2016 International Women's Day: WTF-only ride

By : Lowrah · March 8, 2016

A ride for Women, Trans, Femme, and GNC friends!

International Women's Day
Tuesday, March, 8, 7-9:30p
Powderhorn Park

RSVP on Facebook

7p Meet at Powderhorn Park

8p Arrive at Butter Bakery: 3700 Nicollet Ave S

If you benefit from cis-male privilege, please sit this ride out- thank you for respecting our space.

2012 Grease Rag International Women's Day Ride

2016 “Pledging for Gender Parity”

In 1975, which was designated as International Women’s Year, the United Nations gave official sanction to, and began sponsoring, International Women's Day. Now, every year, the UN designates a political and human rights theme to IWD. 2016 is “Pledge for Parity”.  The gender gap is real.  REAL HUGE.  And if you are a cis person or a white person or a person with economic privilege, recognize that the effects of the gender gap are more dramatic if you are POC, poor, and transgender.

The World Economic Forum predicted in 2014 that it would take until 2095 to achieve global gender parity. Then one year later in 2015, they estimated that a slowdown in the already glacial pace of progress meant the gender gap wouldn't close entirely until 2133.

Everyone - men and women - can pledge to take a concrete step to help achieve gender parity more quickly - whether to help women and girls achieve their ambitions, call for gender-balanced leadership, respect and value difference, develop more inclusive and flexible cultures or root out workplace bias. Each of us can be a leader within our own spheres of influence and commit to take pragmatic action to accelerate gender parity.

#pledgeforparity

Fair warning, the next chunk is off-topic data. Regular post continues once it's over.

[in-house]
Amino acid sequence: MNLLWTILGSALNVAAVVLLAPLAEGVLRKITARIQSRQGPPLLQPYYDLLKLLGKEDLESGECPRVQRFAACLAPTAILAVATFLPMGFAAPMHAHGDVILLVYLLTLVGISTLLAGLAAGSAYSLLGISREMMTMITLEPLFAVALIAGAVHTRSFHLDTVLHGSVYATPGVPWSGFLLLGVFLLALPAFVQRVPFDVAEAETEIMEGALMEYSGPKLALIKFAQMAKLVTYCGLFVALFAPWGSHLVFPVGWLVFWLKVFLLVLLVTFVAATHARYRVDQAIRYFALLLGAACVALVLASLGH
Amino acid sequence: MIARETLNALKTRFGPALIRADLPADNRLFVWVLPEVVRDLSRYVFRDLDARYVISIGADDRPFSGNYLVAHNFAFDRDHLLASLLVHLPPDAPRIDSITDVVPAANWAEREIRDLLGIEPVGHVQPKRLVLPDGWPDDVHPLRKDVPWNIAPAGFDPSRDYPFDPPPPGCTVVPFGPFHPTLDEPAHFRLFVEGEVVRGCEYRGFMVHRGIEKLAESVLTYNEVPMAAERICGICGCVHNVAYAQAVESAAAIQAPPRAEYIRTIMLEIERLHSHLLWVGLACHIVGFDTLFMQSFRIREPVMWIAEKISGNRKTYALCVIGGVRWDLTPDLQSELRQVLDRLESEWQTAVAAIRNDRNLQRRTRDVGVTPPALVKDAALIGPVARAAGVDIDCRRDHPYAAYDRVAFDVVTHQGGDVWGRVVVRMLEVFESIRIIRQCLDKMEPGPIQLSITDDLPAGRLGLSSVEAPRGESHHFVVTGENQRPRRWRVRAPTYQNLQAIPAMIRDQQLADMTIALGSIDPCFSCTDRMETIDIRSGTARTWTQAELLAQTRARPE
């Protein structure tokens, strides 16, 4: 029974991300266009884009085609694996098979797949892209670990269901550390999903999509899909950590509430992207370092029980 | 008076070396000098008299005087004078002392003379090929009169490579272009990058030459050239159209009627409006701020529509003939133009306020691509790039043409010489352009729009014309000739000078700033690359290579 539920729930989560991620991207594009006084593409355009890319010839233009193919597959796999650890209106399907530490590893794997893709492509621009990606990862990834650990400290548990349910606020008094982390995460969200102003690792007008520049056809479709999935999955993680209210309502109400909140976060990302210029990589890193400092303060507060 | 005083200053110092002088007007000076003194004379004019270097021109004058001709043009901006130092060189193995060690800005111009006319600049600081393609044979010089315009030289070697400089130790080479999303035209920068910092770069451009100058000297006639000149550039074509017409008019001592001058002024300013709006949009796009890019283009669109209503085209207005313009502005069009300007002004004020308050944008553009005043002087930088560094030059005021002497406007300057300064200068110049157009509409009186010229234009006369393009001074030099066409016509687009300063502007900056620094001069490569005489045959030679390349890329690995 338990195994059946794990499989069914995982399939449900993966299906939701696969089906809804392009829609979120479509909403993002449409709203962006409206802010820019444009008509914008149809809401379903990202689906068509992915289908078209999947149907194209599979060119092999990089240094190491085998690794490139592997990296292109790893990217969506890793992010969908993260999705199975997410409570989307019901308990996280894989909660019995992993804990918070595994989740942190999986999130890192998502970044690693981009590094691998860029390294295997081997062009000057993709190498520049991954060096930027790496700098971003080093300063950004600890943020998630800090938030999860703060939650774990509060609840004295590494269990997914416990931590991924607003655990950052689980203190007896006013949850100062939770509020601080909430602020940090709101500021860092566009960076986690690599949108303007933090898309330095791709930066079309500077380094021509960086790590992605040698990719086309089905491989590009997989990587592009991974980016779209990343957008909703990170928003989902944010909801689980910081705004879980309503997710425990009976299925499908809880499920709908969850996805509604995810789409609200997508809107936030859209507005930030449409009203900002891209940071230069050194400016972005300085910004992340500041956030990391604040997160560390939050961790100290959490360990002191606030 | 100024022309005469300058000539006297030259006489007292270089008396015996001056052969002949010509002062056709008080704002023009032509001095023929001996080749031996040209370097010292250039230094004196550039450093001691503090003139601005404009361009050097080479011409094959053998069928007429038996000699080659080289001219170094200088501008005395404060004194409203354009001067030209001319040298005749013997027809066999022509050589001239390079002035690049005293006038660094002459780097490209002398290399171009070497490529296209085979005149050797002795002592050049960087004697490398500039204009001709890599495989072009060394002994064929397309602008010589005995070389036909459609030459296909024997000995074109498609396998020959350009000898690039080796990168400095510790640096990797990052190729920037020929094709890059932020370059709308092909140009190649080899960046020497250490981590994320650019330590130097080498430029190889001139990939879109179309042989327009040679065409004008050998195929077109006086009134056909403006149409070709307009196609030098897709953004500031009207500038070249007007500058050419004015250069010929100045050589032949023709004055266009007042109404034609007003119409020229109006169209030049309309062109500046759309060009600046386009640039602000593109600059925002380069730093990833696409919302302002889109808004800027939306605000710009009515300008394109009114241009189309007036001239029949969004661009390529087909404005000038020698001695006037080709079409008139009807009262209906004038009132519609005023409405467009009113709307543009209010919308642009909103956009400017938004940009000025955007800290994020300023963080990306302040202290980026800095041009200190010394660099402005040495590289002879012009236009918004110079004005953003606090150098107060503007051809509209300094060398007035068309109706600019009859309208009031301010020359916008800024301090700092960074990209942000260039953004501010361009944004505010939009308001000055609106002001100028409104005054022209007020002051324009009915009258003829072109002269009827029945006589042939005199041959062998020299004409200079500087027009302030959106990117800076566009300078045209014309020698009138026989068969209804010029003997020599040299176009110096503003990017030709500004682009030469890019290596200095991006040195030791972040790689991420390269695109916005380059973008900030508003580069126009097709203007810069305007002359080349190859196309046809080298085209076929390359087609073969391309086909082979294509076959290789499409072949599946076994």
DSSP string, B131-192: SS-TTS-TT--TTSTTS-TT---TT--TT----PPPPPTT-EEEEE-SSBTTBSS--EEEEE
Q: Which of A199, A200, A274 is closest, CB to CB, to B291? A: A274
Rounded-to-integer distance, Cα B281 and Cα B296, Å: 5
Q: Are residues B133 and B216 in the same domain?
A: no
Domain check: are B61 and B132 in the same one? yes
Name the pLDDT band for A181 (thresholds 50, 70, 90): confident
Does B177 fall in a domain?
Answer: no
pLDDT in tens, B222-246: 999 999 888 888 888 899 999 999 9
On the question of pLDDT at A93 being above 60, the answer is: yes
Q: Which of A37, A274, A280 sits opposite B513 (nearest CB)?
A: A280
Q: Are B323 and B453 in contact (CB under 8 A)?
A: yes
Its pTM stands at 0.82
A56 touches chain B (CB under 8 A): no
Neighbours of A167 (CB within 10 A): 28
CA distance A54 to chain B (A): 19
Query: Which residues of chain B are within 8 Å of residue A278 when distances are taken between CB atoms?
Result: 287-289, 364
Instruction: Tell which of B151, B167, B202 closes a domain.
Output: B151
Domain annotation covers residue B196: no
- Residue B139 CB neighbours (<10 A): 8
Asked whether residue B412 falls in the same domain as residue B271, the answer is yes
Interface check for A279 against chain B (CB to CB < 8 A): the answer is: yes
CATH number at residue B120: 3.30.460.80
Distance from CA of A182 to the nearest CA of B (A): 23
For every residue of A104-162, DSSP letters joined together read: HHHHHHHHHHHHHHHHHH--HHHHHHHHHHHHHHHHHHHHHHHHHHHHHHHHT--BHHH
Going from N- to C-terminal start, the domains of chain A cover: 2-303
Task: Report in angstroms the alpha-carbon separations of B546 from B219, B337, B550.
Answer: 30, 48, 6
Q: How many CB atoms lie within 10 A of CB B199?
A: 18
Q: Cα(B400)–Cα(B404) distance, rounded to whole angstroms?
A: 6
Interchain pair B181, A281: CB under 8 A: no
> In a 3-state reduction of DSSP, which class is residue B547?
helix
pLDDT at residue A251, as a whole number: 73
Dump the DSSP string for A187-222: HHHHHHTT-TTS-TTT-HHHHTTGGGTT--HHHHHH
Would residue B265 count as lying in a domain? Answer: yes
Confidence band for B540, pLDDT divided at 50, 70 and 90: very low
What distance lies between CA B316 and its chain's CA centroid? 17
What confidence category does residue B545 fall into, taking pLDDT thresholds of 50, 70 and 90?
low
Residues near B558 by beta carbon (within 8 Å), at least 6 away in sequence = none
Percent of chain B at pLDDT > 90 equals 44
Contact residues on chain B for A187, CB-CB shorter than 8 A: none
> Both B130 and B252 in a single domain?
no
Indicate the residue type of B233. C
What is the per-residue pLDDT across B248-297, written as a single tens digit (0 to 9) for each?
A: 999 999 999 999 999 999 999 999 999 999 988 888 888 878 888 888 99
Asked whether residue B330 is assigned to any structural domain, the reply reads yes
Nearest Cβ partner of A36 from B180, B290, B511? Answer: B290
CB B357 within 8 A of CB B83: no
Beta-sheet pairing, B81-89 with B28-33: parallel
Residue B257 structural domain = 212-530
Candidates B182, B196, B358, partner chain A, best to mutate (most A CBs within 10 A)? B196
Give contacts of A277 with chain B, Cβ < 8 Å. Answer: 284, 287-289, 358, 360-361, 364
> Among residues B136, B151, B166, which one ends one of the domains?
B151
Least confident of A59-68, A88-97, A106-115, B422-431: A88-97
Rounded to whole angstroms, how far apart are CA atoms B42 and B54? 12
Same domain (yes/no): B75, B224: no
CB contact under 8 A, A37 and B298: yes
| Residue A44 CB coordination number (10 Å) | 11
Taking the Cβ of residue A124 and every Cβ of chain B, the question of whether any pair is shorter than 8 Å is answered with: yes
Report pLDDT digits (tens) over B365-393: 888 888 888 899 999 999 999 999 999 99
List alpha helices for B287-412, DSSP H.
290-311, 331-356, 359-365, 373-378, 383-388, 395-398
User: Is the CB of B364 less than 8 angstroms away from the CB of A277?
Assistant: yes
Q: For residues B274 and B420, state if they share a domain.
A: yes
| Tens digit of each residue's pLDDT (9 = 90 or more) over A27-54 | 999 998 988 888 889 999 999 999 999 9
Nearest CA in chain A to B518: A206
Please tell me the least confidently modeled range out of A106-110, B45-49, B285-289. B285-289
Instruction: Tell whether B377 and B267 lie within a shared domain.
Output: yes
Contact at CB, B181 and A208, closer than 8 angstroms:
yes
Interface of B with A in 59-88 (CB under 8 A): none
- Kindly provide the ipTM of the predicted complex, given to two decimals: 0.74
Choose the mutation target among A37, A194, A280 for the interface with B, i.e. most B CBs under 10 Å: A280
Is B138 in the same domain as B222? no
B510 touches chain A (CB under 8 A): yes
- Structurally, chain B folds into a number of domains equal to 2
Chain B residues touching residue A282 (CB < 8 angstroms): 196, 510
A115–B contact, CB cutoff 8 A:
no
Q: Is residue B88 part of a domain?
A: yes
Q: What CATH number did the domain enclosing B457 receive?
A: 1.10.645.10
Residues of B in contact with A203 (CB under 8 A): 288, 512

Labor History: International Working Women's Day

International Women's Day, formerly known as International Working Women's Day, did not start in 1975. In the late 1800's the oppression of women politically, economically and socially was becoming unbearable, and globally, strong women were beginning to unite, campaign and speak OUT to demand rights, equality, humane working conditions and the right to vote. Many national celebrations of womanhood were organized around the globe in the early 1900's.

Women have been politically active, organizing labor unions, striking, protesting, and fighting for every cent of the 77 that we earn compared to a man's $1*, and for rights to manage our own bodies for much longer than International Women's Day has been around. I mention this because I love IWD, but it's important to me to recognize that we have been proud radical organizers since before it was sanctioned or recognized!

*2010 Census Data (There would be an even greater inequity if we broke this down by race.)

Google Doodle: One Day I Will...

Google Doodle made this video for International Women's Day, about seeing the possibilities for women, globally.

Honoring those who came before us

I mourn the young Jewish and Italian immigrant women at the 1911 Triangle Shirtwaist Factory fire in 1911, and celebrate the hard work done to liberate and protect workers of the world, even as tragedies like the 2012 Dhaka Bangledsh fire are still happening as we value cheap goods over human lives.  Women and poor immigrants are most affected by this lack of protections for labor.

I am inspired with individuals like Annie Londonderry, breaking down gender barriers with a bike and a ton of heart.

I am encouraged by the women who worked and starved and bled and died for suffrage in this country.  Especially the Black suffragettes who were not able to exercise their right to vote, universally in this country, until the 1960's, even though the 19th amendment was ratified in 1920.

I stand with Slyvia Rivera, Marsha P. Johnson, and other transgender advocates fighting for justice before and after the Stonewall Uprising.  Without their demands for the voices of people of color and low income trans people be heard the gay rights movement would look a lot more white, a lot more privileged, and a lot more cis than it currently is.

I am proud of movements like #BlackLivesMatter, started and guided by the wisdom and strength of queer black women: Alicia Garza, Opal Tometi, Patrisse Cullors

Celebrate together

For me, personally, the concept of "woman" is not the most useful category, as it does not contain me, or even my "womaness."  I celebrate this day as a WTF day of action, organizing, and solidarity.

Grease Rag WTF Friends- Let's do what we do best!!  Get together and ride and tell stories about what International Women's Day means to us.

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